Morocco offers the full range of sport and trad climbing to suit all abilities. Highly recommended destination for those looking to get away for a short break. Large choice of single pitch roadside crags to long multi pitch adventure days.
Day 1 – Arrival
Chris, Joe, Michael and Nick formed the advance party and met in the salubrious surroundings of the Gatwick-central Travelodge bar to discuss all important strategic questions about the climbing objectives for the coming days: “…are you worried about the scorpions? … did you remember to bring the ropes? …am I within the baggage weight limit?” (best not to ask Joe about that last one). Many hours later, having enjoyed an uneventful flight to Agadir and endured a more eventful (and trying) experience of hiring a car, we were en route to Tafroute through the stunning desert scenery. We arrived and checked into Les Amandiers hotel, our base for the week.
Exhausted from the journey we thought a spot of light bouldering was in order and headed to the nearby Third Tor Boulder circuit. This was on the local, coarsely-grained, granite that we found to be much less inviting than the quartzite we climbed for the rest of the week. On our return to the hotel we met Steve Broadbent (the expert’s expert on climbing in Tafroute) and had a few beers with the Oxford Alpine Club (OAC).
Day 2 – Maid Marion Rocks
The next day was clear and hot. Driving in convoy to the nearby Maid Marion Rocks, Chris and Joe took on some short steep routes such as Popty Ping’d Wibbly Wobbly (VS*) while Michael and Nick sought out the easier but longer line of Imhotep (S) – a three star classic. Eschewing textual guidance and relying on his natural instincts for the right line, Nick began the route on the (wrong) left-hand crack before traversing rightwards. He then spent all of six feet climbing the correct line before leaving the route to link up with another climb which had a fun chimney section followed by a, somewhat more difficult, slabby line to the top. The rock was superb and easily protectable throughout.
Observing Nick’s lamentable route finding Chris and Joe then had a go on Imhotep. However, having started correctly, Chris missed a key rightwards swing out of the initial crack and so lead a similar line to that taken by Michael and Nick (placing an immovable nut in the process – the first item of lost gear). Meanwhile Michael led the very imaginatively (particularly on this occasion) named Berber Man Watches Kissy Wissy (D**). Chris and Joe then returned to the steep stuff while Nick re-attacked Imhotep, successfully finding the nice airy move right from the initial crack and enjoying excellent climbing above but moving right again too early to complete the full line. In order to avoid leaving a bag at the foot of the crag Michael then rigged up a form of hoist before beginning to second. However, the differential weighting this created caused Nick no little confusion when belaying leading to rather more slack on one rope than Michael was happy with. (It may have been panto season but never has “Pull the other one” been screamed with quite so much emotion). To complete this stressful end to the climb Nick decided to drop a carabiner and sling in an inch-wide crack that led deep into the crag.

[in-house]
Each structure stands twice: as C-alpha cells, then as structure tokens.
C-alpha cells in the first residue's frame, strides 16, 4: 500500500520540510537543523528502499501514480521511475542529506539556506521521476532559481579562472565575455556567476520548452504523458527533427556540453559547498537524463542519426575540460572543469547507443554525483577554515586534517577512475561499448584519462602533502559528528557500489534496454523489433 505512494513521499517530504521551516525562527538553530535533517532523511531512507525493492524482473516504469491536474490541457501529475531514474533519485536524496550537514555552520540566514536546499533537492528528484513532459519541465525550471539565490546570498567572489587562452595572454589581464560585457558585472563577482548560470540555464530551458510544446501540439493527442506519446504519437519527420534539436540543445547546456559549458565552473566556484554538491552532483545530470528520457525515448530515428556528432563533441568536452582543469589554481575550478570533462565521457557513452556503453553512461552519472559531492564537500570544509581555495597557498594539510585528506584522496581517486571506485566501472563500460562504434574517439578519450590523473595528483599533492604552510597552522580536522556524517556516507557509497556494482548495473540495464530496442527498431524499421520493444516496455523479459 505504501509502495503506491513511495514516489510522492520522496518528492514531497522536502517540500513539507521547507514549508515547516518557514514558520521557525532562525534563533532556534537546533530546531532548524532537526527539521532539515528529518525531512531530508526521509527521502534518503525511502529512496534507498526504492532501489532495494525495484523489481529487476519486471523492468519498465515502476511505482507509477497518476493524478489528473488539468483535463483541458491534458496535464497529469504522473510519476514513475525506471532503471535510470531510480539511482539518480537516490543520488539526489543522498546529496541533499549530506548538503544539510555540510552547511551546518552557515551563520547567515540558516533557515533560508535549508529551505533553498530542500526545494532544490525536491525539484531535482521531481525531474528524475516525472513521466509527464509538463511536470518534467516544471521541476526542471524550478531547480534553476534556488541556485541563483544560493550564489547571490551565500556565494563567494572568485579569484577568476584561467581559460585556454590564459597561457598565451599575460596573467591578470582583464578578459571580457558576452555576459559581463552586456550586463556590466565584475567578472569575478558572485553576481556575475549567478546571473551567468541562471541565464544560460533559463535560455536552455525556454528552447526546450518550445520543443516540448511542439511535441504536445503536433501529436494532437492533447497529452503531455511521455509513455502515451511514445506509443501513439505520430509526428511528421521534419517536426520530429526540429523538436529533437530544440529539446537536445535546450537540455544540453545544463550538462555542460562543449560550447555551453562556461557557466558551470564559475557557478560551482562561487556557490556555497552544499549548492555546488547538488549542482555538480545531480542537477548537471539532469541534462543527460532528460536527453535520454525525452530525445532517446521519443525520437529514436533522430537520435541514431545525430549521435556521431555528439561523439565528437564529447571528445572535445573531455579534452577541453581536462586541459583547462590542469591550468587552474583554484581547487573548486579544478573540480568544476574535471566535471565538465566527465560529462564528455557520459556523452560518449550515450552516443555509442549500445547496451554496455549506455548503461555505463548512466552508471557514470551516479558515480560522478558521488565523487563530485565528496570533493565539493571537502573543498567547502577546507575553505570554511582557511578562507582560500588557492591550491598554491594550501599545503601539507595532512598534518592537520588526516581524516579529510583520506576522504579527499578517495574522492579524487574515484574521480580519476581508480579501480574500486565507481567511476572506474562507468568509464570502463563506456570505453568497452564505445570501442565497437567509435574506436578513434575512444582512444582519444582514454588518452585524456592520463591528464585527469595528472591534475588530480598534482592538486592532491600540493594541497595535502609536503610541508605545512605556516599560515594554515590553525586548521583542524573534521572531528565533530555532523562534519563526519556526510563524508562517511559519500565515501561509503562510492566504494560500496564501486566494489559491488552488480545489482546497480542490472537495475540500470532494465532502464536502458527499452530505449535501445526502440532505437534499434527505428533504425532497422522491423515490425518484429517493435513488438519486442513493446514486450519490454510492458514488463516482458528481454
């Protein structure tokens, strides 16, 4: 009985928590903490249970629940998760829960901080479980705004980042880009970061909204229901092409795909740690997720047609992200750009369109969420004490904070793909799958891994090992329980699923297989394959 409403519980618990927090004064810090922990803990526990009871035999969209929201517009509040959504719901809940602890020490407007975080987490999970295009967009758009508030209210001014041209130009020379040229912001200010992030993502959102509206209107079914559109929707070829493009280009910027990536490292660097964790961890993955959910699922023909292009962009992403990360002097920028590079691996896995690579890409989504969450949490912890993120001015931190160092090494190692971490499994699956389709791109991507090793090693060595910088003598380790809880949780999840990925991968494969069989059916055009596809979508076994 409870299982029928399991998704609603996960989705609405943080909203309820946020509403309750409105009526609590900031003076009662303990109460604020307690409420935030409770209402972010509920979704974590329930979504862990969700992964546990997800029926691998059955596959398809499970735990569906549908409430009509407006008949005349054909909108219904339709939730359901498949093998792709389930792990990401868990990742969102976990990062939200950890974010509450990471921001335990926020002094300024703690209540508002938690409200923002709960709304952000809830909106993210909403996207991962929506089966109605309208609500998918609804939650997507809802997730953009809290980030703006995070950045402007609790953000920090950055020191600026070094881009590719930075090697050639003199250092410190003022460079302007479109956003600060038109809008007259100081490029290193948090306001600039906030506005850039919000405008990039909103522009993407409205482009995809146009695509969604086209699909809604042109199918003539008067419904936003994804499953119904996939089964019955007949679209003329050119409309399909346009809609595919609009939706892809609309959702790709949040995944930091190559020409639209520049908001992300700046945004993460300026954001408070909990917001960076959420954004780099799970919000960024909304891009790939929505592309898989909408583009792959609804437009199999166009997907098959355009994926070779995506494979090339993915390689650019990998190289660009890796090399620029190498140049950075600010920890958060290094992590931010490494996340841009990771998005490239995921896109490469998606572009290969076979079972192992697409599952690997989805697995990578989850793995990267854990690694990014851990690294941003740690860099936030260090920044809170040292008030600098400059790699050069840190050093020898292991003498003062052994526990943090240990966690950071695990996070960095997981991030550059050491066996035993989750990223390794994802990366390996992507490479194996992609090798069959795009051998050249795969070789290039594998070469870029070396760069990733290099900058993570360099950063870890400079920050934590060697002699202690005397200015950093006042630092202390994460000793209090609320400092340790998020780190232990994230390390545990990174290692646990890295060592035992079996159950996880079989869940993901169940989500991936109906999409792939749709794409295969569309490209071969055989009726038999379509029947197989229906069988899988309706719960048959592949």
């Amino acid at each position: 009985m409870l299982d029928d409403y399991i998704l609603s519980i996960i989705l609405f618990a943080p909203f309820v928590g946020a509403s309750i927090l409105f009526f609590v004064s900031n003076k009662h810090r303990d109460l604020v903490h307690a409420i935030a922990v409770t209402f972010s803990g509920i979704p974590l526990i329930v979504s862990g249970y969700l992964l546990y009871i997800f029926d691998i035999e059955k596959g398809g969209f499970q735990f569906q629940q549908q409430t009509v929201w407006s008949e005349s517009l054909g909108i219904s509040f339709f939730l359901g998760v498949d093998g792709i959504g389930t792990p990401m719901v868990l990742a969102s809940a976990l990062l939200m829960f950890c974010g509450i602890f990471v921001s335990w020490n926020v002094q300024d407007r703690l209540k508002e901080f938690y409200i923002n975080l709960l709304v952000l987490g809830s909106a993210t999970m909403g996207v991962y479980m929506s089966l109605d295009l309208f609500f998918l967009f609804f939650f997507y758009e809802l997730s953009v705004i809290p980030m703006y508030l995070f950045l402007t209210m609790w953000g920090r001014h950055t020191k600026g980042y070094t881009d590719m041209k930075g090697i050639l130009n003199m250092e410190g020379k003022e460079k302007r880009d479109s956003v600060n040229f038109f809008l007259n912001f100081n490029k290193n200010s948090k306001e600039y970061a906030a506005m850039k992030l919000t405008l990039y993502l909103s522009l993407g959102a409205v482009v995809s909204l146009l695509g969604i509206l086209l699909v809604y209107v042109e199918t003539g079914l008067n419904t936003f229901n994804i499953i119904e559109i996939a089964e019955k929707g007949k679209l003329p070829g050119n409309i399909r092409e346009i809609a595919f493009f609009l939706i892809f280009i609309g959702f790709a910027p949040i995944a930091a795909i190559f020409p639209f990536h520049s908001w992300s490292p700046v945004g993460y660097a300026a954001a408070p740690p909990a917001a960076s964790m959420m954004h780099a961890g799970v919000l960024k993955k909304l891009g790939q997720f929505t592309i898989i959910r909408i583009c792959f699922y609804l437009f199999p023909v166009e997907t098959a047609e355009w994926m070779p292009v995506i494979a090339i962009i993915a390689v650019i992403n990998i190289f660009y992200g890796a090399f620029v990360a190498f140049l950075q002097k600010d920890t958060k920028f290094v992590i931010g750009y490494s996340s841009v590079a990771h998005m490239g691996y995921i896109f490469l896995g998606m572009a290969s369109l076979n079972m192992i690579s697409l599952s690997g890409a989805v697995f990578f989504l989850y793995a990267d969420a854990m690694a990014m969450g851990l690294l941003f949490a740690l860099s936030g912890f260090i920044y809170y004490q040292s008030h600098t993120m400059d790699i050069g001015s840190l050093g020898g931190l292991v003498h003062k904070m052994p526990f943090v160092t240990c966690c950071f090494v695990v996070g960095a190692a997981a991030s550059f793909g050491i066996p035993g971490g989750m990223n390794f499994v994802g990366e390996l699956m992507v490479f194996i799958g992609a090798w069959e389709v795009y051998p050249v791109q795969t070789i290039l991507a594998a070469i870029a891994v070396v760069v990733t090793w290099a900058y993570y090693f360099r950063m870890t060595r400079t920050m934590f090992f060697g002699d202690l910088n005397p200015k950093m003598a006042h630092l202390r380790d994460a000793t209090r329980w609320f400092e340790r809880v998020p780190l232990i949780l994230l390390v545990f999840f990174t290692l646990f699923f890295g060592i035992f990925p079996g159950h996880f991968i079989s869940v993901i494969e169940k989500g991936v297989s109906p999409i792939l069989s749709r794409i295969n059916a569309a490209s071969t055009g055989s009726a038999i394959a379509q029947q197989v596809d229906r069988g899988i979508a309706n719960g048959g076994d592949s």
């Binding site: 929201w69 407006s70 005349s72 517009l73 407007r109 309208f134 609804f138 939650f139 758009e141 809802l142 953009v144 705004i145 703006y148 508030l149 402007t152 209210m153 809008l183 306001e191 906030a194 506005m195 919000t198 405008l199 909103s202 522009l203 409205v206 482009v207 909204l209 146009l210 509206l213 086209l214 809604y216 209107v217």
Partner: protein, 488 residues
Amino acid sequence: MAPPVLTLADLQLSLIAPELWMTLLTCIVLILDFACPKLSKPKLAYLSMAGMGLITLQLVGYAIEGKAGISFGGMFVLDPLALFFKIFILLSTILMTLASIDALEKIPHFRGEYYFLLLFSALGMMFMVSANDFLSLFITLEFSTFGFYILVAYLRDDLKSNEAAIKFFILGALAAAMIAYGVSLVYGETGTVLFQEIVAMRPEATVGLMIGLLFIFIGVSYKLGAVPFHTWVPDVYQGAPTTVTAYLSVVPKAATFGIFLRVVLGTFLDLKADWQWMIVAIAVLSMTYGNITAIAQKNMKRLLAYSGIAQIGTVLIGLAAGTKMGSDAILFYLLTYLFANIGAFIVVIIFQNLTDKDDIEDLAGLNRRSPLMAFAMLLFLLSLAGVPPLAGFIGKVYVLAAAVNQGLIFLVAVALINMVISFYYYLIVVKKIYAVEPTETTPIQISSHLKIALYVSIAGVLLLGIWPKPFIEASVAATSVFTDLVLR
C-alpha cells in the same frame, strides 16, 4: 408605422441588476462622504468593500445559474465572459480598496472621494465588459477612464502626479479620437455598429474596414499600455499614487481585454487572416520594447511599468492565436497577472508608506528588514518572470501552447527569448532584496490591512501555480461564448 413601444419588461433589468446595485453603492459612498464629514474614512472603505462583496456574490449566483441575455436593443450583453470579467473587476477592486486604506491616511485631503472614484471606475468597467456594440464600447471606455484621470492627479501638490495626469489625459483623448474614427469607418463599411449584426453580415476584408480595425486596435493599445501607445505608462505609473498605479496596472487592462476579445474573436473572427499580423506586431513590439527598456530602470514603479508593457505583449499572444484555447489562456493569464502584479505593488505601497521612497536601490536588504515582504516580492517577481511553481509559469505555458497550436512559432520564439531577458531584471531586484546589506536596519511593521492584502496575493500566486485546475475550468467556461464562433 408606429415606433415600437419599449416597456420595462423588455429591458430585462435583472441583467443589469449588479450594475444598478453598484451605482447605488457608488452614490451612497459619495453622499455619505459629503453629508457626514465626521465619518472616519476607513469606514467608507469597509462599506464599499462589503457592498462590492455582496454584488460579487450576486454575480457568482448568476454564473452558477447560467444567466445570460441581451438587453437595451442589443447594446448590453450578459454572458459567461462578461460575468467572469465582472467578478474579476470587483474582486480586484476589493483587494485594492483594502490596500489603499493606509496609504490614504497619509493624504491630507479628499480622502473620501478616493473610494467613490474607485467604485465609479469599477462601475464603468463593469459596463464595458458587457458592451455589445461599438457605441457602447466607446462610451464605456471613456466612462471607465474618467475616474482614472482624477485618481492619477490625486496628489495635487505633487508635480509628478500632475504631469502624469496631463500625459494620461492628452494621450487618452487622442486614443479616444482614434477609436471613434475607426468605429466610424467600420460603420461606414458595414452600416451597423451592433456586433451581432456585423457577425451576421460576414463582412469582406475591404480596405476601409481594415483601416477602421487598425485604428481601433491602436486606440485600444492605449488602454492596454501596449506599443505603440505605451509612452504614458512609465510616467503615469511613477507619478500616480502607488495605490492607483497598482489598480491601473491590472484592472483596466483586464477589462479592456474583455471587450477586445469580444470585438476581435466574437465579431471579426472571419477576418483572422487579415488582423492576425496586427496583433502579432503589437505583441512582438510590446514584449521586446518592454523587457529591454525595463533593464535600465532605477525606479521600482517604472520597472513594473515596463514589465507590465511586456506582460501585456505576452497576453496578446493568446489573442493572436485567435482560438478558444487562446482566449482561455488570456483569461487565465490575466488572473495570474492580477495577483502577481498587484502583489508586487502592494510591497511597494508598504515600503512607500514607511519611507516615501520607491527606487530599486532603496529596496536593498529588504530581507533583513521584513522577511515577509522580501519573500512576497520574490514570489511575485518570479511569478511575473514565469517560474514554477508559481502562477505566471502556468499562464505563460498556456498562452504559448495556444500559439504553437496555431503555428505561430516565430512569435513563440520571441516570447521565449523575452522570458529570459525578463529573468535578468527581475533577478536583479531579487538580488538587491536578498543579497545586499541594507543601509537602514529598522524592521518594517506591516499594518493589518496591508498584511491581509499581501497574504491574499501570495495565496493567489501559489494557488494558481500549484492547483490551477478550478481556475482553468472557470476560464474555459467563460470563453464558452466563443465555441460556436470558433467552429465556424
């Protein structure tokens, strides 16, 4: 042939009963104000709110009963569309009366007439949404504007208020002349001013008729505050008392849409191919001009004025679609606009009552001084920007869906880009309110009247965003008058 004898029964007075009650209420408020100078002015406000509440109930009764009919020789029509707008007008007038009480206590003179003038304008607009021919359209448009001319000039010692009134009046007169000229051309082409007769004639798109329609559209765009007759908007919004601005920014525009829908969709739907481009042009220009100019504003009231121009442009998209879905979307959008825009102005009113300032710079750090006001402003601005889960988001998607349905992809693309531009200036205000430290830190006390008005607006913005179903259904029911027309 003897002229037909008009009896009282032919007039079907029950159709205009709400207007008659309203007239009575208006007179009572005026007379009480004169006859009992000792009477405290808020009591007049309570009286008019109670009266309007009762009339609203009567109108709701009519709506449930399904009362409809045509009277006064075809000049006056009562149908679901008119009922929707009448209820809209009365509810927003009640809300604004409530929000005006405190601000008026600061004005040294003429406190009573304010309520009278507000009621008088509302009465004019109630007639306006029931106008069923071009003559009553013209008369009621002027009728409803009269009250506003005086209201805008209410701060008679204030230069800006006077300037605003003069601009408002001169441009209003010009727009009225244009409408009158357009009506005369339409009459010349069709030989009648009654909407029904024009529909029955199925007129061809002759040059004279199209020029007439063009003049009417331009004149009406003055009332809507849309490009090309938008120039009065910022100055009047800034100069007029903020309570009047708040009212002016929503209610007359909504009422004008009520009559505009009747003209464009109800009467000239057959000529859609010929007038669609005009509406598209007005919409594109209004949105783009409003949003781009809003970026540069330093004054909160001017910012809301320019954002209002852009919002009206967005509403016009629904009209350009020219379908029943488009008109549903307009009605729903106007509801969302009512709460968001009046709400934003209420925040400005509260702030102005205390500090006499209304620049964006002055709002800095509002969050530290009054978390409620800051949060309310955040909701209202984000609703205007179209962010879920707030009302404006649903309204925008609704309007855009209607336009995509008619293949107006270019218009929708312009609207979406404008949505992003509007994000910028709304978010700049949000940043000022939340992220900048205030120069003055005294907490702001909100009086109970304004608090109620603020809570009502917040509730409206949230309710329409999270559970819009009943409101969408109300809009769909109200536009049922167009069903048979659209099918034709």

Day 3 – Robin Hood Rocks
Saturday was uncharacteristically overcast and with temperatures perhaps as low as 15C, we almost considered wearing jumpers. Bravely ignoring the chill we headed to a slightly more distant venue for which the guidebook listed over 100 routes. We began with a steep walk up scree to the Olympia crag. This featured a number of short routes with classically inspired names. Chris and Joe first took on Odysseus (MS*). Nick, ignoring the temptation of Persephone’s Bush (HS), jumped straight on Aphrodite’s Crack (S) which, although initially pleasing, had a loose section near the climax and proved ultimately unsatisfying.
Both teams then dropped back down hill to Centenary Buttress where the eponymous route offered a two-pitch, three star HS mini-adventure. It was indeed a great climb with straightforward moves up a finger-width crack on the first pitch followed by bolder climbing up a shallow groove in the slab above. This led to the fantastic Centenary Balcony – an incredible flat deck halfway up the cliffs that was now golden orange from the setting sun.
Later that evening we met up with Jasmin and Paolo, fresh from their drive down from Marrakech (well, perhaps not feeling that fresh after around 6 hours on mountain roads).
Day 4 – Robin Hood / Akaltine Edge / NYE
The fourth day yielded perfect conditions, sunnier than the day before but not roasting hot. Chris and Joe resumed their exploration of Robin Hood rocks with an ascent of the deservedly two star Sheriff’s Wall (S) followed by the Sword of Damocles (HS) both on the conveniently located Roadside Buttress. Paolo and Nick followed suit and the off-width crack at the start of Sword of Damocles gave Paolo a nice opportunity to deploy the biggest cam on his rack (despite guidebook advice about bringing big gear the routes we had climbed hitherto had been easily protectable with nuts and hexes – however on the harder stuff it was great to have the option of other placements).